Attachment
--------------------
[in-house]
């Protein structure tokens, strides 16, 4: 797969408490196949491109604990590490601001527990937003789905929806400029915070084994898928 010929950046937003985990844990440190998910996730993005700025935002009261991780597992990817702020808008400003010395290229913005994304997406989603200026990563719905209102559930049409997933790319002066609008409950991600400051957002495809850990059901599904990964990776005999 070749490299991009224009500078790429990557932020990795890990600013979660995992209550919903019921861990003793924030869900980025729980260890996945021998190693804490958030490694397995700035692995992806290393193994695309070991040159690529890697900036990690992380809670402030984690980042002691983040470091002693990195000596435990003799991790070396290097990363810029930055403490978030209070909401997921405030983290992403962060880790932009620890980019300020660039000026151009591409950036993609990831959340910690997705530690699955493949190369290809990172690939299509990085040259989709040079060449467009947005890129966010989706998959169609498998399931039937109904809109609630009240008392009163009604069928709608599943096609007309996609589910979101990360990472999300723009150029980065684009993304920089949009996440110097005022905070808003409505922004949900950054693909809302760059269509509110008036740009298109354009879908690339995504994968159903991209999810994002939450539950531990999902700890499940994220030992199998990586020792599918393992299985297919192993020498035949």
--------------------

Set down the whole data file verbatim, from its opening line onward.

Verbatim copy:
[in-house]
């Protein structure tokens, strides 16, 4: 797969408490196949491109604990590490601001527990937003789905929806400029915070084994898928 010929950046937003985990844990440190998910996730993005700025935002009261991780597992990817702020808008400003010395290229913005994304997406989603200026990563719905209102559930049409997933790319002066609008409950991600400051957002495809850990059901599904990964990776005999 070749490299991009224009500078790429990557932020990795890990600013979660995992209550919903019921861990003793924030869900980025729980260890996945021998190693804490958030490694397995700035692995992806290393193994695309070991040159690529890697900036990690992380809670402030984690980042002691983040470091002693990195000596435990003799991790070396290097990363810029930055403490978030209070909401997921405030983290992403962060880790932009620890980019300020660039000026151009591409950036993609990831959340910690997705530690699955493949190369290809990172690939299509990085040259989709040079060449467009947005890129966010989706998959169609498998399931039937109904809109609630009240008392009163009604069928709608599943096609007309996609589910979101990360990472999300723009150029980065684009993304920089949009996440110097005022905070808003409505922004949900950054693909809302760059269509509110008036740009298109354009879908690339995504994968159903991209999810994002939450539950531990999902700890499940994220030992199998990586020792599918393992299985297919192993020498035949």